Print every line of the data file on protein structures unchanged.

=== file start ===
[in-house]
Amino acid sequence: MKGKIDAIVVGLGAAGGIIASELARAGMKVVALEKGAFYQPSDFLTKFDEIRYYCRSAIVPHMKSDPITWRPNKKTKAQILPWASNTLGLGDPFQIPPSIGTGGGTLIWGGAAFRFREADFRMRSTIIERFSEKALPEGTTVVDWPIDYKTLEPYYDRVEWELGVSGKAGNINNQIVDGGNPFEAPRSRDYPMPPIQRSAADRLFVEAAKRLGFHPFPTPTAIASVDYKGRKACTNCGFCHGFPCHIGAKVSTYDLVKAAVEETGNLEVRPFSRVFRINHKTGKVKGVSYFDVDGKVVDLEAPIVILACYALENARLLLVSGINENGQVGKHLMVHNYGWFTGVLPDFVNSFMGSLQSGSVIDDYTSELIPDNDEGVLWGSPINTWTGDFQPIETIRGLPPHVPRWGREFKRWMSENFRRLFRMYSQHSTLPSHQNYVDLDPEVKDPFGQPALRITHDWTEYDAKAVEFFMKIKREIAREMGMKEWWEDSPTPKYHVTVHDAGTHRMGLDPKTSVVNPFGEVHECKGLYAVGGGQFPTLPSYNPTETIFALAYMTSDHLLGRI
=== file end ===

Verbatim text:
[in-house]
Amino acid sequence: MKGKIDAIVVGLGAAGGIIASELARAGMKVVALEKGAFYQPSDFLTKFDEIRYYCRSAIVPHMKSDPITWRPNKKTKAQILPWASNTLGLGDPFQIPPSIGTGGGTLIWGGAAFRFREADFRMRSTIIERFSEKALPEGTTVVDWPIDYKTLEPYYDRVEWELGVSGKAGNINNQIVDGGNPFEAPRSRDYPMPPIQRSAADRLFVEAAKRLGFHPFPTPTAIASVDYKGRKACTNCGFCHGFPCHIGAKVSTYDLVKAAVEETGNLEVRPFSRVFRINHKTGKVKGVSYFDVDGKVVDLEAPIVILACYALENARLLLVSGINENGQVGKHLMVHNYGWFTGVLPDFVNSFMGSLQSGSVIDDYTSELIPDNDEGVLWGSPINTWTGDFQPIETIRGLPPHVPRWGREFKRWMSENFRRLFRMYSQHSTLPSHQNYVDLDPEVKDPFGQPALRITHDWTEYDAKAVEFFMKIKREIAREMGMKEWWEDSPTPKYHVTVHDAGTHRMGLDPKTSVVNPFGEVHECKGLYAVGGGQFPTLPSYNPTETIFALAYMTSDHLLGRI